quickly so. One can indeed build anew and one can build better.
How much better, though?
There is no doubt that the latter half of the 20th century
has badly frayed American communities. The once marvelous,
walkable villages, towns, and urban neighborhoods of our country,
places that organically included the richer and the poorer,
the younger and the older, places that were not dominated
by the car - those places have gradually been replaced by
housing subdivisions, strip shopping centers and business
parks. Fine avenues have been replaced by arterial roads;
dignified housing is replaced by mobile homes, open space
replaced by pavement. It is not necessary here to rehearse
the betrayal of promise - the literature of the New Urbanism
has abundantly documented it.
The problem of suburban sprawl is not only an aesthetic one,
and it is no longer even a social one. It is simply no longer
a sustainable living pattern - not in coastal Mississippi
or anywhere else. The scarcity of petroleum and consequent
rise in its price is permanent. It will catalyze the restoration
of communities to what they were historically - places that
are walkable, mixed-use, mixed-income neighborhoods, towns
and villages. It is certain that such places will sooner or
later return, as all places must molt over time, adjusting
to this reality. What is so extraordinarily hopeful for Mississippi
is that the devastation of Katrina will allow the Gulf Coast
to arrive at this future faster - before anywhere else in
the United States. In Mississippi it will take less than one
generation. A blessing in disguise, if ever there was one.
And we found yet another blessing: In addition to the emotional
resilience of the people, there was an unusual clarity of
vision from the leadership. Apparently, some Americans are
still able to respond to crisis. Perhaps the lumbering bureaucracies
of the Federal government are incapable of acting quickly,
but the government in Jackson and the local leadership on
the coast, together with the slew of representatives in attendance
from national NGOs, were all hands-on, fast and confident.
At no time did we encounter hesitation.
With such leadership, if it can be sustained, this naturally
beautiful 120-mile of coast will be so attractive that there
is no question that it's currently dispersed population will
return, and that the stream of retired boomers looking for
sun and surf will continue to find their way to it. More important,
though, is that talented and well-prepared young people will
choose to settle on the Gulf Coast because it is a most pleasant
and also a most promising place to live and work. Of course
the climate and the sea are great amenities, but only with
the kind of communities projected through these reports will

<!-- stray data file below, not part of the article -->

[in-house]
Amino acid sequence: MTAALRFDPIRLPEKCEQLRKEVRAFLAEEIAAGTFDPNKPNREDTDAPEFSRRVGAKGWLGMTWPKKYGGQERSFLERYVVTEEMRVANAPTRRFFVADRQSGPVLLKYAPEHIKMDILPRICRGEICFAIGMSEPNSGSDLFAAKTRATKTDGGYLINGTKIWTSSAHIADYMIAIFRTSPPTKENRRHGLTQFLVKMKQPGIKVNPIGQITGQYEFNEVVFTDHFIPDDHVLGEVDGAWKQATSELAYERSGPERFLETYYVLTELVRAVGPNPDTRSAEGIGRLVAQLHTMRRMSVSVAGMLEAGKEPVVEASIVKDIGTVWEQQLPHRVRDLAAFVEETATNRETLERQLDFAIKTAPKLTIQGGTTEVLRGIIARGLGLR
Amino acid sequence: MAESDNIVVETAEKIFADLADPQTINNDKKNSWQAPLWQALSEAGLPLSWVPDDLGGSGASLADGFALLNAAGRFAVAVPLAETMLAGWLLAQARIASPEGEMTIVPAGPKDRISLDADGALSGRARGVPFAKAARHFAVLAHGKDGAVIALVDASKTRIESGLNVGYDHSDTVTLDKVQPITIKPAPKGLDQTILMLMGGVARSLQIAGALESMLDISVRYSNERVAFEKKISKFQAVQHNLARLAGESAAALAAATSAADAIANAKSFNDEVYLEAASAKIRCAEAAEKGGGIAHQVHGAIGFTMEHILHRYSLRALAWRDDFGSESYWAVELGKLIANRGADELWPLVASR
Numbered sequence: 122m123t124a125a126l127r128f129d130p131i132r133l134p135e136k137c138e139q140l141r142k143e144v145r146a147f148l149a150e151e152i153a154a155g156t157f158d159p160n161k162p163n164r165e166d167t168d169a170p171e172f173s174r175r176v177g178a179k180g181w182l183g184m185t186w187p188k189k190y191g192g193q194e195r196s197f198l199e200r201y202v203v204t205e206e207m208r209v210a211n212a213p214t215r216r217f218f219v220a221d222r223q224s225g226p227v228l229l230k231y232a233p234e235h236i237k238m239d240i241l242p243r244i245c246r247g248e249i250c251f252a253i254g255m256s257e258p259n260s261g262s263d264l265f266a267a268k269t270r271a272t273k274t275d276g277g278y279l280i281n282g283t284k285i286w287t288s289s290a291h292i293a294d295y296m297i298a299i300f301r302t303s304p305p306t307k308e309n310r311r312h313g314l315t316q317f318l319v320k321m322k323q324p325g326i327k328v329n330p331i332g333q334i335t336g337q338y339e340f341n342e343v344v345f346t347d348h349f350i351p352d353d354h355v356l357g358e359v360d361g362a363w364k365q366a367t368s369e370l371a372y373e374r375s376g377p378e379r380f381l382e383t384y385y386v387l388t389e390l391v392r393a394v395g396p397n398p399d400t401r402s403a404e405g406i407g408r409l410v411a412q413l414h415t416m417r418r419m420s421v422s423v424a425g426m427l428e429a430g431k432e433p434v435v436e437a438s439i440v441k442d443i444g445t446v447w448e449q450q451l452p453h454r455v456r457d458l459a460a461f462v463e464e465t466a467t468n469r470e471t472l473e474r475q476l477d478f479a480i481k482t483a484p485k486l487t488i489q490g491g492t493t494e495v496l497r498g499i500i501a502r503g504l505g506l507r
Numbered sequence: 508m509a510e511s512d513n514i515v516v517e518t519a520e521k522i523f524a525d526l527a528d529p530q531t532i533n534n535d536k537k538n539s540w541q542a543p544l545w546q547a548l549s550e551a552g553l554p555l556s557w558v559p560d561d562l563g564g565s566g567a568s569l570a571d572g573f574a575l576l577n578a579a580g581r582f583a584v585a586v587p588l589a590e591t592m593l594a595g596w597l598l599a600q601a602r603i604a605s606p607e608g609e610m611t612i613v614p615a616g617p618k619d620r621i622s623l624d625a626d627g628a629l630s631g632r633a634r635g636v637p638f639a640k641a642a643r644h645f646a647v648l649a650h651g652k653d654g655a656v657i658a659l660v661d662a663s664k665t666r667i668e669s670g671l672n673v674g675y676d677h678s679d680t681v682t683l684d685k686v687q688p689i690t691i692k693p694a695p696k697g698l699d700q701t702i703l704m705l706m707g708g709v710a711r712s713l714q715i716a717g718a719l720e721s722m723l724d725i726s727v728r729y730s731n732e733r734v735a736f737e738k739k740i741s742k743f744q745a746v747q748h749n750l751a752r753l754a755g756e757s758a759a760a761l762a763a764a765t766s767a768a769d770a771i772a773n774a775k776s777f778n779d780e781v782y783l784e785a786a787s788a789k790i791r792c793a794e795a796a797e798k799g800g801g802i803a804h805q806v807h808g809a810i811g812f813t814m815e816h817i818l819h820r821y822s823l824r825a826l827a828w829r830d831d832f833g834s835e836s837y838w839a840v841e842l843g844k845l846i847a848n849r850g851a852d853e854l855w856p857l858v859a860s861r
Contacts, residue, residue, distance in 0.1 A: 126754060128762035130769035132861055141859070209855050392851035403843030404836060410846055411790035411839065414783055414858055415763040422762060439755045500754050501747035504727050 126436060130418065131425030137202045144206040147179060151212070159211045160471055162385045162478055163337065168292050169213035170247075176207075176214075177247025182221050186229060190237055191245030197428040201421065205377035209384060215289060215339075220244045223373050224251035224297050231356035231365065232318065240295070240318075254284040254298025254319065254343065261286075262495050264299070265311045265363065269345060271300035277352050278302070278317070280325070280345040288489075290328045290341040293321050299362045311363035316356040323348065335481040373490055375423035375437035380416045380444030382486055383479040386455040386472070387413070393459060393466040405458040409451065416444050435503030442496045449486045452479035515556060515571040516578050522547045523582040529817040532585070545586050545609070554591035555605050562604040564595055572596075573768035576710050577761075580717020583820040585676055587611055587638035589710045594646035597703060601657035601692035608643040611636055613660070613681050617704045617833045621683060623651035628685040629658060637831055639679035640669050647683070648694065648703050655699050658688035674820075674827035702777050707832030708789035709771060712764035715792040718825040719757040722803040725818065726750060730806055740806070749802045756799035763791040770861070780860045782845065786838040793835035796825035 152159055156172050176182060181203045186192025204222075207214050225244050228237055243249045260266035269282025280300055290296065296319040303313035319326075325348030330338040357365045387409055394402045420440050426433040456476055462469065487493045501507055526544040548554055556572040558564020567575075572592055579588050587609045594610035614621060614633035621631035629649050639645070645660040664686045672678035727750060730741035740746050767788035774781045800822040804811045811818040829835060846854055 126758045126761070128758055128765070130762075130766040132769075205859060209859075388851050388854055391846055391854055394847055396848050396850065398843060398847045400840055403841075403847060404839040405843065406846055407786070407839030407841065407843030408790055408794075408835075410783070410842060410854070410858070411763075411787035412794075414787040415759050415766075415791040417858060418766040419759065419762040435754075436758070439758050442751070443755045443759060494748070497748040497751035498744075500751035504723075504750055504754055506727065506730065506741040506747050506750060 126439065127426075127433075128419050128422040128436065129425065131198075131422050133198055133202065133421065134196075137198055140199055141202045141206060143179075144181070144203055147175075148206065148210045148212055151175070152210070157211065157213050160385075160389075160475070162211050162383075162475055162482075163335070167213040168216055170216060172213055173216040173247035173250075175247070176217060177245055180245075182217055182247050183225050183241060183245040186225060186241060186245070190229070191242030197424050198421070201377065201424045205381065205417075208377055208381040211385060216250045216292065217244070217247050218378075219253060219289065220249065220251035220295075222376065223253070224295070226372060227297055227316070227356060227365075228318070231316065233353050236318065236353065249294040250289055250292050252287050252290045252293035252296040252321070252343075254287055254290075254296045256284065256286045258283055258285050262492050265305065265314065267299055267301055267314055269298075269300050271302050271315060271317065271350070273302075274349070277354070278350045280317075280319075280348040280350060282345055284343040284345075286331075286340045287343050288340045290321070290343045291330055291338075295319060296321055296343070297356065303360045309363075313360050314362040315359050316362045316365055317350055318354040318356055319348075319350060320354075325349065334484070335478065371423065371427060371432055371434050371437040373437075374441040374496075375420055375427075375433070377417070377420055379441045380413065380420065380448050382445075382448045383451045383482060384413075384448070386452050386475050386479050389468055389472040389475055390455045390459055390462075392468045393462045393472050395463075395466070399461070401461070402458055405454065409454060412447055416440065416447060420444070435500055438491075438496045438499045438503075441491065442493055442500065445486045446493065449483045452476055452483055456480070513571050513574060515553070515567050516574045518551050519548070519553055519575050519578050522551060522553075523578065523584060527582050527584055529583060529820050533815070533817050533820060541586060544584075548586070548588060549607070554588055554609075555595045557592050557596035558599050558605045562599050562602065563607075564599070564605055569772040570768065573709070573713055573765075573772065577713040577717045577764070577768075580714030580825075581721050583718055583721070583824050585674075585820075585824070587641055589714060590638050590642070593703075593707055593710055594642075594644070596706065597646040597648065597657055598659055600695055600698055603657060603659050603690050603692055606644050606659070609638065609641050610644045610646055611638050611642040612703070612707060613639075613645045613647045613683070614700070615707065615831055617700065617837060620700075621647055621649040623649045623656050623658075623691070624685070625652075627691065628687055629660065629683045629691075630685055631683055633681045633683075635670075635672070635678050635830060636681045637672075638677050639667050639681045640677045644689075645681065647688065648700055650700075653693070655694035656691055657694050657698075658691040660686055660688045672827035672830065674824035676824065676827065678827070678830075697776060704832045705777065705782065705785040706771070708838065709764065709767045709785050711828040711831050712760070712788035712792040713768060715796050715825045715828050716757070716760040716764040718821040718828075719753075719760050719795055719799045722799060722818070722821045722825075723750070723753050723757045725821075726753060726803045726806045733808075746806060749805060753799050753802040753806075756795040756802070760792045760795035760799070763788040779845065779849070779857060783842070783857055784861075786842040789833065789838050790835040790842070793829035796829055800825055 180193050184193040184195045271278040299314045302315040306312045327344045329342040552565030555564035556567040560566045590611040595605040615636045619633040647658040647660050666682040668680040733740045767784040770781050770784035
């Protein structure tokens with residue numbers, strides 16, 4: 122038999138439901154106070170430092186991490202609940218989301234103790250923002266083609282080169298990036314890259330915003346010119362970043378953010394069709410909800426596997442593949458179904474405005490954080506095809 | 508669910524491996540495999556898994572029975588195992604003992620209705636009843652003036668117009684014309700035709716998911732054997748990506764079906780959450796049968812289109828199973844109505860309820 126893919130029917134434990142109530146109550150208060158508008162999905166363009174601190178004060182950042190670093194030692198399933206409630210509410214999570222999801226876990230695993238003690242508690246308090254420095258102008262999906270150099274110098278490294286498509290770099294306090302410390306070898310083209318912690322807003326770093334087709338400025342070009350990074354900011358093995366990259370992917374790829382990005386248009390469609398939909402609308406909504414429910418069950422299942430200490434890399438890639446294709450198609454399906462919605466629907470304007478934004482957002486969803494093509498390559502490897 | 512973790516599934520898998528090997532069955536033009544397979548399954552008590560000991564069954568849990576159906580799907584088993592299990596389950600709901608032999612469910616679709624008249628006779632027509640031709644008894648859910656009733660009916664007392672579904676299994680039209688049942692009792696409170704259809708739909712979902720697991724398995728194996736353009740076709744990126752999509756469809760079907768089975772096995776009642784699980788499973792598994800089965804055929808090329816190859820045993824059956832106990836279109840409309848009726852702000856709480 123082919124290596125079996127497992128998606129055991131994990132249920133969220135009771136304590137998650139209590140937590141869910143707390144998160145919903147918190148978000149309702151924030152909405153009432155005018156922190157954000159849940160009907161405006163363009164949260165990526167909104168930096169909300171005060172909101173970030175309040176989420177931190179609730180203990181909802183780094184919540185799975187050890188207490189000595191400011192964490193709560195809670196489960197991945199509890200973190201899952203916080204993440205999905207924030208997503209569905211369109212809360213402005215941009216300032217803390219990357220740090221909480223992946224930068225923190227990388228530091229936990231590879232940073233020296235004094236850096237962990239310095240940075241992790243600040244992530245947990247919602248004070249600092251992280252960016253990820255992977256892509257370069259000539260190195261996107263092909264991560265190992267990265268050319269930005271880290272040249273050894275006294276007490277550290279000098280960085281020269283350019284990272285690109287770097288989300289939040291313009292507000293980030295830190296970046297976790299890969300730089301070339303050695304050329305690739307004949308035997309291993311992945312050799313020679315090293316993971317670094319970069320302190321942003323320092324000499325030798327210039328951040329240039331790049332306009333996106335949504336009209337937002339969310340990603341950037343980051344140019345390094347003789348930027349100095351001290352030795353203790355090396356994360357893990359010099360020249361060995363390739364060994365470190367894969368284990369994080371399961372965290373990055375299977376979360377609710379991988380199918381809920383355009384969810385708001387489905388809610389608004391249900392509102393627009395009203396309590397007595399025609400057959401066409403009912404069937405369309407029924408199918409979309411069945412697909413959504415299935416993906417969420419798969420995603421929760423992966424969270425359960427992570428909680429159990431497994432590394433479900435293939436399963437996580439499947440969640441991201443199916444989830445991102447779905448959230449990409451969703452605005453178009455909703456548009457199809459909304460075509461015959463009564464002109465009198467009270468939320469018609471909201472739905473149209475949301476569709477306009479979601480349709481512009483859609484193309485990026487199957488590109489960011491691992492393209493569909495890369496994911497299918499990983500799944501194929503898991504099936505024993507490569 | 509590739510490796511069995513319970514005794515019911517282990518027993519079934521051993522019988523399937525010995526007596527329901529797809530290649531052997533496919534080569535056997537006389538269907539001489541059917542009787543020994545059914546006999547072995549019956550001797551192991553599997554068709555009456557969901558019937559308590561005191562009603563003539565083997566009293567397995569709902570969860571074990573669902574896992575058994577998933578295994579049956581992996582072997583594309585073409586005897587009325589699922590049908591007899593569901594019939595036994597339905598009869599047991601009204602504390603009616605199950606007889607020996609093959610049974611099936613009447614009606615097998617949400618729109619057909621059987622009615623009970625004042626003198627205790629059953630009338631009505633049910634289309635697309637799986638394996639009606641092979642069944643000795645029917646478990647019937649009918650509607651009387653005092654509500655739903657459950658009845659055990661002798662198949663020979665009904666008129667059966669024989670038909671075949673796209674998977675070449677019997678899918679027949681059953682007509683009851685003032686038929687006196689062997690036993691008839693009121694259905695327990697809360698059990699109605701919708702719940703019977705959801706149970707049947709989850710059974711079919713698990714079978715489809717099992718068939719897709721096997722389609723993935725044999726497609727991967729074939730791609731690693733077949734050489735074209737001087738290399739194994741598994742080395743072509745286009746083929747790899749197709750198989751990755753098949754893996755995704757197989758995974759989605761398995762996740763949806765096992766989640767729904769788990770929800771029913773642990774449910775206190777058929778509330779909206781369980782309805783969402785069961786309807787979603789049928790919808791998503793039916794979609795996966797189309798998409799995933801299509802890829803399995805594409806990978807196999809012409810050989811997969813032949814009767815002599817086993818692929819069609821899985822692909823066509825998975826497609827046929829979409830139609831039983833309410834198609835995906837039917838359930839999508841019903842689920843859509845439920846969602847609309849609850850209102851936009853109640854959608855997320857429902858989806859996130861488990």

this prospect be fulfilled. Don't dismiss this possibility:
the city of Portland, Oregon achieved it. Despite it's cold,
gray weather, Portland, as a result of planning similar to
that proposed here, overcame it's marginal location and it's
poverty such that it is now wealthy with the industries that
thrive on talent and youth.
The future requires a quality of life that attracts people
who have a choice of where to live and the companies that
follow them. It is necessary that the Gulf Coast create jobs
beyond the now-vulnerable fishing, the tourism with its low
wages, and the very ambiguous benefits of a gambling industry.
Spinning off from the research center at Kessler Air Force
Base and the current military contractors, better jobs can
be created. Guiding everything, could be the vision of a Mississippi
which is to be - not the Mississippi that, however beloved,
follows others but one that gradually takes the lead.
Are such visions fulfilled? Often not. There is usually too
much that needs to change, too much that needs to be destroyed
before it can be created anew. There is typically an insufficient
sense of urgency. Not often does our stable democracy have
cause to take the risk of being visionary. However, during
that week of October no one, from the Governor to the poorest
of citizens without a roof over their heads, saw any reason
to project anything other than a great vision. There seemed
to be something about the magnitude of what needed to be done
that cleared the mind and bolstered the spirit. Decisions,
rather than taking months and years, took hours and days.
Those who participated are unlikely to experience such an
event again. And there are reasons to be apprehensive. The
transition from those who crafted the proposals to those who
will implement them is notorious difficult. The need for everything
is such, that there will be a tendency to accept whatever
comes up for permit: casino designs of stunning size and garishness;
oceanfront condominiums so tall that they forever blow the
scale of the townscape; their attendant parking garages brutally
blocking the light and view of adjacent neighborhoods; any
of the many "improvement" that MDOT has to offer,
regardless of the consequences to pedestrian life; the instant
slums of ill-designed mobile home parks; the low-end models
of the big box retailers, instead of the better ones available
for places that require it.
There is no doubt that some of the eleven municipalities
will succumb to what can only be called a "beggar's syndrome".
The situation of being grateful for anything that comes your
way is common enough, even without the current crying need
for taxable projects and housing and shops. It may be hard
to break the trance of inferiority. Yet it only requires the
consciousness that these place in Mississippi are too good
for that kind of abuse. It must be borne in mind that any
condo developer, or national retailer, or casino needs a site
on the gulf coast as much as the gulf coast need them. Their
business plan has been made. They want in. They will not go
away if told to go back and do a better job. It will take
spirited leadership of the kind that was apparent during the
week of the design forum. It takes self- respect to demand
excellence. Just once. The better result will break the trance
of low expectations.
We hope that this spirit will continue as long as it is necessary.
This is difficult because this process will take a generation
or more - and that is perhaps the heaviest burden. For the
time required to achieve the vision will surpass our personal
ability to be involved. The task is not only to begin, but
also to institutionalize the vision so that it survives and
transcends us. For this purpose this report offers codes that
will be an integral part of the long-range planning effort.
And, no less important are the other reports presented to
the Governor's Commission that will join this one in addressing
the future of the Gulf Coast in it's many other particulars.
This will be an epic journey. It is the hope of those of
us who were present at the first steps that when they look
back, the people of the Gulf Coast will not be seen as victims
of tragedy, but as a generation fortunate to have been there
at the beginning of a renaissance.